When it comes to fessing up over past statements on campaign contributions, mum's the word from Senator Mitch McConnell.
When it comes to fessing up over past statements on campaign contributions, mum's the word from Senator Mitch McConnell.

American Enterprise Institute resident scholar Norman J. Ornstein was publicly upbraided by Senate minority leader Mitch McConnell last week. This week, Ornstein responded, suggesting delicately that McConnell is a shameless liar.

The key issue is Ornstein's contention that McConnell claimed for years to support public disclosure of campaign contributions. Then, roughly around the time the U.S. Supreme Court ruled in 2010 to allow unlimited donations from labor unions and corporations, McConnell concluded that secret donations are absolutely essential to First Amendment protection.

In the course of calling Ornstein "consistently wrong," here is what McConnell said last week:

With regard to disclosure, you'd have to go back to the 1980s to find the time when I suggested -- and I did, and I was wrong about it, and I've been correct for 25 years now. I don't know how far back you have to go. You have to go back to the 1980s to find the time that I suggested that disclosure of 501(c)4's was a good idea. I made a mistake. I was wrong. I've been consistent for 25 years.

It's possible, given his profession, that McConnell has convinced himself that he really did oppose disclosure for 25 years. But Republicans changed positions on disclosure so recently, 2010, and in such a blatantly expedient manner, that it's far easier to believe he knows he's not telling the truth.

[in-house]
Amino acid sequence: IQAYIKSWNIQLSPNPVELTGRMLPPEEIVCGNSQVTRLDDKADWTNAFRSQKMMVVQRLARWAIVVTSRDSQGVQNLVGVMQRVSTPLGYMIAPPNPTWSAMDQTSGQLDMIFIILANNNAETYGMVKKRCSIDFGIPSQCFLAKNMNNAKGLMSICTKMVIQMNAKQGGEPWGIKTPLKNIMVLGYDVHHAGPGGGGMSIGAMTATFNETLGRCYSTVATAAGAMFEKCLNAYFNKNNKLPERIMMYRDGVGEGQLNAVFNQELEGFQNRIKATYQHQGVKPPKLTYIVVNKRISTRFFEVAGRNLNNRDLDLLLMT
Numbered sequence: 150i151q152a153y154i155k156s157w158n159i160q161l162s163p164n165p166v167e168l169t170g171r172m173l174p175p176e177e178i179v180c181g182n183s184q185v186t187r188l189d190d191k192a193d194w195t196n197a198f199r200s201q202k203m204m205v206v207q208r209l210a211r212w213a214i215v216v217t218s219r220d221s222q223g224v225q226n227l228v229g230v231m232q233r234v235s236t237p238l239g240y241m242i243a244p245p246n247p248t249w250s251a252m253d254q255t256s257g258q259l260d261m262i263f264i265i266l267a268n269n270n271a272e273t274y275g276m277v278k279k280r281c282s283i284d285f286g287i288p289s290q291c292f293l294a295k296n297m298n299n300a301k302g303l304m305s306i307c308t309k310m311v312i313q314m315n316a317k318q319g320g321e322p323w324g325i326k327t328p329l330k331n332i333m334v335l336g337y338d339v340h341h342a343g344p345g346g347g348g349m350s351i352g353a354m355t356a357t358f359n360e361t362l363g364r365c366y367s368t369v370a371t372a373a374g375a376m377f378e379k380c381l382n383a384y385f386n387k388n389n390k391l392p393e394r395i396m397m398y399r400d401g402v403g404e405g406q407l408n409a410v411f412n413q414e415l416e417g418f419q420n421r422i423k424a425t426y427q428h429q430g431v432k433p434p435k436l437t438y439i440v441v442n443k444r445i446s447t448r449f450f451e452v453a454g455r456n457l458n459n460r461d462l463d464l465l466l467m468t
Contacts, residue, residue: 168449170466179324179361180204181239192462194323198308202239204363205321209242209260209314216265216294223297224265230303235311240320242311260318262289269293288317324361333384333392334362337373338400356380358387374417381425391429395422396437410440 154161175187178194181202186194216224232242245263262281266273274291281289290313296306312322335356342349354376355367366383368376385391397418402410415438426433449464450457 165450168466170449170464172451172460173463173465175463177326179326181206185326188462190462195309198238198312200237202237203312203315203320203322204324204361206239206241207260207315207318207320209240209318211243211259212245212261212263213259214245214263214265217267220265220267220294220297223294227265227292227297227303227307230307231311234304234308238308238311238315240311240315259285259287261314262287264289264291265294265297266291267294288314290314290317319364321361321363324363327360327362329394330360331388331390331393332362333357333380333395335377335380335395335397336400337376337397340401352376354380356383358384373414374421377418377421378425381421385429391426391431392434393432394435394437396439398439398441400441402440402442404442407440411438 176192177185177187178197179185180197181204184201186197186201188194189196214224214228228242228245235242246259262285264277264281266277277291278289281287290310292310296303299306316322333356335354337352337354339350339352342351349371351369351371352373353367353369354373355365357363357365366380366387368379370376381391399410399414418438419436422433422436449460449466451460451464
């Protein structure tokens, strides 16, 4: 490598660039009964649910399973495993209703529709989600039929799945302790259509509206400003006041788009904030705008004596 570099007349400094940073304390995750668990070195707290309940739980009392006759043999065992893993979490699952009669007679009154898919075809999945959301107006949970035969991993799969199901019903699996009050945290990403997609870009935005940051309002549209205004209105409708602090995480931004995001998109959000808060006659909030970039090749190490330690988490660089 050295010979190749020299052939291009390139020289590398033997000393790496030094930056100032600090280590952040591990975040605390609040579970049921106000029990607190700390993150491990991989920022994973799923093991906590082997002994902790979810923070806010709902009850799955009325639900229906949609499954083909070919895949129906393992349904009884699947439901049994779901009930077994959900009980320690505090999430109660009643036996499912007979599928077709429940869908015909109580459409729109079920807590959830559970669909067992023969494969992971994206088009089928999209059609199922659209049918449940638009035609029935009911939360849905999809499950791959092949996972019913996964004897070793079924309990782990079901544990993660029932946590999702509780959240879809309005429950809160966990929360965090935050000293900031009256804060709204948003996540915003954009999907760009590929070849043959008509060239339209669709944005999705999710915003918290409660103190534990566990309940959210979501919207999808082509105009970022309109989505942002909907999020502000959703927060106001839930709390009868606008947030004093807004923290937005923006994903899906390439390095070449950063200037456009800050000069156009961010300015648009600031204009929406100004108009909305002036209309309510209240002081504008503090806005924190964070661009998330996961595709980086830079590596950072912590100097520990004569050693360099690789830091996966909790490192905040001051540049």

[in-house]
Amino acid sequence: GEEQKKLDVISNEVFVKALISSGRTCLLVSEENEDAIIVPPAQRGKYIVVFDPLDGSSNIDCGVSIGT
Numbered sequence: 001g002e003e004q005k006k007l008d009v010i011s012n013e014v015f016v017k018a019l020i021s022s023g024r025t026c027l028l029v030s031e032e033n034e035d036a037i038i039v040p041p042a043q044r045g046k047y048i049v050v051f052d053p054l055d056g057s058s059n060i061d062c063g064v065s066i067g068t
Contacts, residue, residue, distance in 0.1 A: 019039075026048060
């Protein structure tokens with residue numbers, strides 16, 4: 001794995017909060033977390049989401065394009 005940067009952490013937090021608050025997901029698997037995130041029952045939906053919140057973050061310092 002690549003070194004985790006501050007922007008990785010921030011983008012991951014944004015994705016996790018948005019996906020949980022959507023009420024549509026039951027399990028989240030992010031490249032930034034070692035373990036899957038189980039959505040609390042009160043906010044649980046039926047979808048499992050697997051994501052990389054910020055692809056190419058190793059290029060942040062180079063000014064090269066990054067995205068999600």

Here is McConnell on Meet the Press on June 18, 2000:

Republicans are in favor of disclosure. There’s a serious constitutional question, whether you can require people engaged in what’s called issue advocacy to disclose. But if you’re going to do that, and the Senate voted to do that, and I’m prepared to go down that road, then it needs to be meaningful disclosure, Tim. 527s are just a handful of groups. We need to have real disclosure. And so what we ought to do is broaden the disclosure to include at least labor unions and tax-exempt business associations and trial lawyers so that you include the major political players in America. Why would a little disclosure be better than a lot of disclosure?

McConnell was hardly an outlier in his party. Witness:

Speaker of the House John Boehner: “I think what we ought to do is we ought to have full disclosure, full disclosure of all of the money that we raise and how it is spent. And I think that sunlight is the best disinfectant.” (NBC, “Meet the Press” transcript, Feb. 11, 2007)

Majority Leader Eric Cantor: “Anything that moves us back towards that notion of transparency and real-time reporting of donations and contributions I think would be a helpful move towards restoring confidence of voters.” (Newsweek, “SCOTUS Ruling Spells Disaster for Political Transparency,” Jan. 21, 2010)

House Whip Kevin McCarthy: “I think people should disclose. I have no problem with disclosing information. And it should be that way.” (National Public Radio, Sept. 23, 2010)

Senator Jeff Sessions: “I don’t like it when a large source of money is out there funding ads and is unaccountable. To the extent we can, I tend to favor disclosure.” (The Hill, “Campaign finance bill has GOP wary,” April 22, 2010)

Senator John Cornyn: “I think the system needs more transparency, so people can more easily reach their own conclusions.” (McClatchy Newspapers, “What do both parties have in common? Wall Street donations,” April 25, 2010)

Senate Republicans voted unanimously in July 2012 to block the Disclose Act, which would have required disclosure of political donations of more than $10,000 within 24 hours of the money being spent. McConnell, who once asked how a little disclosure could possibly be better than a lot of disclosure, led the charge for no disclosure at all.

(Francis Wilkinson is a member of the Bloomberg View editorial board. Follow him on Twitter.)